It takes more than two days to recover from a week of poor sleep, according…
How to feel well-rested when traveling.
With the holidays upon us, you’re likely in for a bit of traveling. Whether it’s by plane, train or automobile, it can be hard to stick with your normal sleep schedule, particularly if you’re changing time zones.
A recent article from Johns Hopkins University shares tips for better sleep when traveling. “All of us have an optimal period when our bodies want to sleep — typically around 11 p.m. to 7 a.m. This is called your ‘circadian window,’” says Charlene Gamaldo, medical director of the Johns Hopkins Center for Sleep. “And any time you travel, particularly across two or more time zones, it ends up wreaking havoc on your circadian window.”
First, try a more strategic approach to sleep. If your plans are taking you to a new time zone, move your bedtime an hour earlier or later. So, if you’re traveling across three time zones, start three days before departure with an adjustment of one hour per day. Once you arrive at your destination, use the local time to guide your plans for the day. If your flight lands in the afternoon, try to stay awake and participate in any planned daytime activities. If it’s nighttime, avoid sleeping on the plane so you can go to bed when everyone else does.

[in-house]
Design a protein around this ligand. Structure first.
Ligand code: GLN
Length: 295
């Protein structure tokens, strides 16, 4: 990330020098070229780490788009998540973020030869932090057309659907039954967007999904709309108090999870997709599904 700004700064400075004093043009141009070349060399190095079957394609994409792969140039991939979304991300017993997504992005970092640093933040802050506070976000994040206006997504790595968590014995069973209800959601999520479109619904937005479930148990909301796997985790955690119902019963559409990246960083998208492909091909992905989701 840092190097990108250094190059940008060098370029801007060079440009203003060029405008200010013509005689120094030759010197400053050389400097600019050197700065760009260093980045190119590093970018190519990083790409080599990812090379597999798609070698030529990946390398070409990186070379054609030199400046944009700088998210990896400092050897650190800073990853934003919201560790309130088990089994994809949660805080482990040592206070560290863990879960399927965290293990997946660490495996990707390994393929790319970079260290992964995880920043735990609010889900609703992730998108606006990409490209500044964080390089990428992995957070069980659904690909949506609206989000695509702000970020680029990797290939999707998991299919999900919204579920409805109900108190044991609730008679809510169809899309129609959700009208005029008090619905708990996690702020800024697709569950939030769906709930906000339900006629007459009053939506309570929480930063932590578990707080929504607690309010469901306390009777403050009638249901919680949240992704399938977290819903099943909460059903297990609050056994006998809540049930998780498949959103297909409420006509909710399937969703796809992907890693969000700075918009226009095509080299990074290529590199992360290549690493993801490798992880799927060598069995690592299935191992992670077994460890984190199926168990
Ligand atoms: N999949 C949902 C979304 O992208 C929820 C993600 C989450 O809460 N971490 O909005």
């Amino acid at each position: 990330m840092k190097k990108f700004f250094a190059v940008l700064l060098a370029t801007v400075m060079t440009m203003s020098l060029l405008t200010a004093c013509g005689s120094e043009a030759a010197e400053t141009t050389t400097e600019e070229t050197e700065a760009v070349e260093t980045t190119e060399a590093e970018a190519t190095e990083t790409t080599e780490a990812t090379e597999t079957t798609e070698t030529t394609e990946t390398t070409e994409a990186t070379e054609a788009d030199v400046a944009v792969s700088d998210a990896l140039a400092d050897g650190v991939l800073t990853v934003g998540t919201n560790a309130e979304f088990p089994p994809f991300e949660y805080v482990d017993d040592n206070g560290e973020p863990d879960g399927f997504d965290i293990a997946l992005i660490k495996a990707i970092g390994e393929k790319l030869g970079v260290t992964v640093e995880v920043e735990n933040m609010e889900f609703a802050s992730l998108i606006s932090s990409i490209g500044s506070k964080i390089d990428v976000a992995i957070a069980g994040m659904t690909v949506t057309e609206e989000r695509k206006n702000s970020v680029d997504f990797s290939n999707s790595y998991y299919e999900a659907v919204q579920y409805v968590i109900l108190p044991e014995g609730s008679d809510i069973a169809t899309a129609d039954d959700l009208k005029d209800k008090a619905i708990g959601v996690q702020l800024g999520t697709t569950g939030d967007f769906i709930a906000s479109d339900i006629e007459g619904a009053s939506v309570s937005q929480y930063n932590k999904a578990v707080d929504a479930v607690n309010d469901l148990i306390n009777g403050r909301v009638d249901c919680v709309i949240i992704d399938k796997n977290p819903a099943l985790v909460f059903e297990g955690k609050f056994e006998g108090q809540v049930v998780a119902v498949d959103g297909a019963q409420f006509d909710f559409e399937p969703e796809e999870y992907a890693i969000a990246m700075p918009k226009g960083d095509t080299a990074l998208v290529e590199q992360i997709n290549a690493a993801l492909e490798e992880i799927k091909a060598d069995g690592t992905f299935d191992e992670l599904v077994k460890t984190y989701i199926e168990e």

Another tactic is to use light to your advantage, based on your direction of travel. Light exposure, which can help recalibrate your circadian rhythm, is ideal in the late morning and early afternoon. If you’re traveling east and your flight lands in the morning, wear sunglasses to minimize light exposure. If you’re traveling west, which Gamaldo says is less disruptive, try to get light exposure in the early evening.
It’s also important to move your body. When it’s time to begin your day, try exercising and then taking a warm shower, as increasing your body temperature helps trigger your circadian rhythm. If you still feel off at bedtime, try taking melatonin, a nonprescription sleep aid. While there is no quick fix for jet lag, following these tips can help ease any transitions so that you can enjoy your trip to the fullest.
FOOD FOR THOUGHT . . . ER, SLEEP
We’ve all heard the old saying that it’s not good to eat before bed. But a recent article from wellness-focused website Mindbodygreen says that this isn’t always the case, and some foods can help support a good night’s sleep, particularly if they’re rich in magnesium. Try one of these the next time you’re looking for a late-night snack.
- Bananas With high amounts of magnesium and potassium, bananas help encourage relaxation.
- Dark chocolate Ever wanted an excuse to eat more chocolate? One ounce of dark chocolate contains 15% of the recommended daily amount of magnesium. However, it also contains caffeine, so skip this tip if it keeps you awake.
- Nuts and seeds: Grab a handful of pumpkin seeds, almonds, cashews, or peanuts. All are rich in magnesium and high in protein to promote satiety.
- Chickpeas There are so many delicious ways to enjoy magnesium-rich chickpeas. Try blending them into hummus, roasting them in the oven with salt, or smashing them on a slice of toast.